I’ve never dreaded or resented adulthood in the way that some people do, and which is popular in our culture at times. I had a chaotic childhood, and becoming old enough and independent enough to take care of my own business was a great freedom to me. I didn’t have to worry about whether bills would get paid; I could make my own money, and I trusted myself to pay them. I didn’t have to wait for someone to remember to come and get me and take me somewhere; I could get there under my own power, whether by driving or paying for transit. I didn’t have to deal with emotional and physical abuse by virtue of having no control over who cohabited with me; I could pick my own roommates, or decide to have none. The power that I now have over all of those elements of my life far outweighs the annoyance and inconveniences involved in things like having to pay my bills, having to go to work, etc.

There’s also the element of “maturity” that speaks of older age, or at least late-middle age. I guess I think of that as beginning once one’s children (if one has them) are grown, or when one’s body truly begins to commit itself to no longer being young. I kind of look forward to this phase of my own life, to be honest. There’s so much uncertainty in early life (and I’m mid-thirties, I’m not all that young at this point), and it seems that, as I get older, things just get more and more solid, and I feel more and more myself. I enjoy growing in my own authority and power, and look forward to continuing to do it.

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For @mnomquah’s Cycles of the Self Shadow Work October challenge this week, we’re looking at the idea of Individuation. This begins with a True Heart spread, shown below, and then two days of reflection. Per @mnomquah re: Individuation, and the True Heart Spread:

“In jungian psychology, individuation is a process of integrating all parts of ourselves (both conscious and subconscious) to become a fully grown, mature individual.”

1. Truth of the Heart: 4 of Cups – The truth of my heart, apparently, is that I am always striving, always looking to the next thing. That’s neither a good nor a bad thing; having goals and dreams is good, and seeking to grow and change and draw closer to success and enlightenment is fine. However, I will probably always need to be reminded of what is good and worth paying attention to in the Here and Now, or else I’m apt to ignore it all in favor of whatever pipe dream I’m chasing this week.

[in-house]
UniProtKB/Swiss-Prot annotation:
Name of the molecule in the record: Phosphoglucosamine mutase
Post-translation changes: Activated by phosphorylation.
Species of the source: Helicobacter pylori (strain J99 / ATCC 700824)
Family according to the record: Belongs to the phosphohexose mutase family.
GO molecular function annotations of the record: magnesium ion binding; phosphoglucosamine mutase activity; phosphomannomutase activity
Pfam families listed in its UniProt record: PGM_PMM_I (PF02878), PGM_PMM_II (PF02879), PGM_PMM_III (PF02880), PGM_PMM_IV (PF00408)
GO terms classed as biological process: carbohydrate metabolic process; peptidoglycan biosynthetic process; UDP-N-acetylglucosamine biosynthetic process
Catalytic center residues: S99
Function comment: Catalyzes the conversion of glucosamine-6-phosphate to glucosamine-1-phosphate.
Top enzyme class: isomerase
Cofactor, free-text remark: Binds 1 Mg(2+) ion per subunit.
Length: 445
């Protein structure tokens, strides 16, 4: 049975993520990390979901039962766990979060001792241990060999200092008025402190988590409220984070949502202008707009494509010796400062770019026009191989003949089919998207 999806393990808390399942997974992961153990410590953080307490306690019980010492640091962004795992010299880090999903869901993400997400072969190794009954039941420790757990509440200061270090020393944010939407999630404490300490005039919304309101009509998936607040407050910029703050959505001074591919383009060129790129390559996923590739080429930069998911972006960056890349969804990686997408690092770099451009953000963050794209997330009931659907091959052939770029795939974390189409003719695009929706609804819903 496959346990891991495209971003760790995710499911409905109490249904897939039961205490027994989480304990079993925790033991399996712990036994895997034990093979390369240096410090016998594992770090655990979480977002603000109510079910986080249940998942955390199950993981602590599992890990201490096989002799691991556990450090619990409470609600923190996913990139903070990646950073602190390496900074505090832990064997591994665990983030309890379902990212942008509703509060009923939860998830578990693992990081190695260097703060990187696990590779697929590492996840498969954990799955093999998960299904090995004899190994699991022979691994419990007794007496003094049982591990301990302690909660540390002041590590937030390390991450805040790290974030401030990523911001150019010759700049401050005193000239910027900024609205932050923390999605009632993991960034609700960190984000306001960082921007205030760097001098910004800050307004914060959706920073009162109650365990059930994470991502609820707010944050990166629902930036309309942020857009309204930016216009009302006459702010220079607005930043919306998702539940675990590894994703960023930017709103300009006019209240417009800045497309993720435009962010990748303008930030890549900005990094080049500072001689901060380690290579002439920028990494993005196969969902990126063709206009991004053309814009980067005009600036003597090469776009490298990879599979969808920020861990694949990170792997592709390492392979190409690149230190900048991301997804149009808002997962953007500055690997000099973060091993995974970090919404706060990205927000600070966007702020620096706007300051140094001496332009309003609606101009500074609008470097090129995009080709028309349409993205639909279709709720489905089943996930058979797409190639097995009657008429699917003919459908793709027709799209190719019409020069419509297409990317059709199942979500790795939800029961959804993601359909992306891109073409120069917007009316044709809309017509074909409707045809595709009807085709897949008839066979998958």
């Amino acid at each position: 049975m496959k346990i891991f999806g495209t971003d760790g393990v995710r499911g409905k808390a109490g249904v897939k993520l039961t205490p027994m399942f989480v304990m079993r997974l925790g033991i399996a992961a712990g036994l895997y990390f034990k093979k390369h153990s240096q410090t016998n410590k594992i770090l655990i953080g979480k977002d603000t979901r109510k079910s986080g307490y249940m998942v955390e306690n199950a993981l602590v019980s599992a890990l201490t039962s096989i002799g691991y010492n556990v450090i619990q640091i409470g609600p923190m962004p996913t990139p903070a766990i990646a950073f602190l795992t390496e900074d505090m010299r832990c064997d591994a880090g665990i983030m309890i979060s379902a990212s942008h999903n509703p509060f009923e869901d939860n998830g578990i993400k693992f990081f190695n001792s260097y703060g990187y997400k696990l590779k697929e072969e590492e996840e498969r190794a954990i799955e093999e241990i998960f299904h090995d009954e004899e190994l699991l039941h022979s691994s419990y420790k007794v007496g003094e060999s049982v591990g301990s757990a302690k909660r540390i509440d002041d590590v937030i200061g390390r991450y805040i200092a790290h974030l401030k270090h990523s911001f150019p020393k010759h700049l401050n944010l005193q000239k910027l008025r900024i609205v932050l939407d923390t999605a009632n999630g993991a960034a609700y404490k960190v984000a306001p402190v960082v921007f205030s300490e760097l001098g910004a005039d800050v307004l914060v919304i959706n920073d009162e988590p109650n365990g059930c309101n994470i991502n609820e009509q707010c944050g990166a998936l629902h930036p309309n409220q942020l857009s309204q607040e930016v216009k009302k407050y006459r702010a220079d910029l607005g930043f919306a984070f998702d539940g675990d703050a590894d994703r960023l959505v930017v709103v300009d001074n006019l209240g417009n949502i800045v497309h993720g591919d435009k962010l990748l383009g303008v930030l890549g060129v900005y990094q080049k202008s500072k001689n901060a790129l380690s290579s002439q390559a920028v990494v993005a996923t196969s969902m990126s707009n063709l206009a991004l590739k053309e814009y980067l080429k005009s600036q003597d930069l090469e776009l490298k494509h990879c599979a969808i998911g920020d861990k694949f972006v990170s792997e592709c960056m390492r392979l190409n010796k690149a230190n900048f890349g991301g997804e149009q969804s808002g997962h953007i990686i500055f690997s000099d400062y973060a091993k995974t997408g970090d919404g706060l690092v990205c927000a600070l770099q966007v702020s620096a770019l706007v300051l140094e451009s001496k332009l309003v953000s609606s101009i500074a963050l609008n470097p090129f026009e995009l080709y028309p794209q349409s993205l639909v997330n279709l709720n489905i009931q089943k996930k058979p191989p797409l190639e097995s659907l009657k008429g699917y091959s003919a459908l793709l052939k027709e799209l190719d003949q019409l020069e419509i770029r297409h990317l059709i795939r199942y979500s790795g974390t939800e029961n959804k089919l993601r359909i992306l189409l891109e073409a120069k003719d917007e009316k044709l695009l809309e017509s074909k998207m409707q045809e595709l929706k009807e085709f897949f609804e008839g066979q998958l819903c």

2. What patterns of behavior should I let go of to let the Truth of the Heart flourish: Five of Pentacles, Queen of Pentacles – In order to let my future visioning and my dreaming really flourish, I need to let go of my poverty mindset. I learned from an early age that most people are not “successful”, so you should never expect that you will be. Which is different than saying don’t try; it just says not to expect things to work out in your favor. But I need to learn to expect things to go well for me, and to act accordingly. And then if they don’t, fine, but if I don’t expect them to, I’m less likely to try hard, and more likely to self-sabotage. The Queen of Pentacles, I think, means I need to let go of the idea of perfection. I’m a triple-earth sign person, and I want my own little fiefdom to be Just Right; I want to have children, and make their Halloween costumes, and raise a garden, and have a glittering career, and the perfect Pinterest/Martha Stewart house in which to host holidays, and and and…. it’s not that those things are impossible, but I need to not let them govern all of my choices, unless it really is the most important thing among my goals. (Probably it’s not.)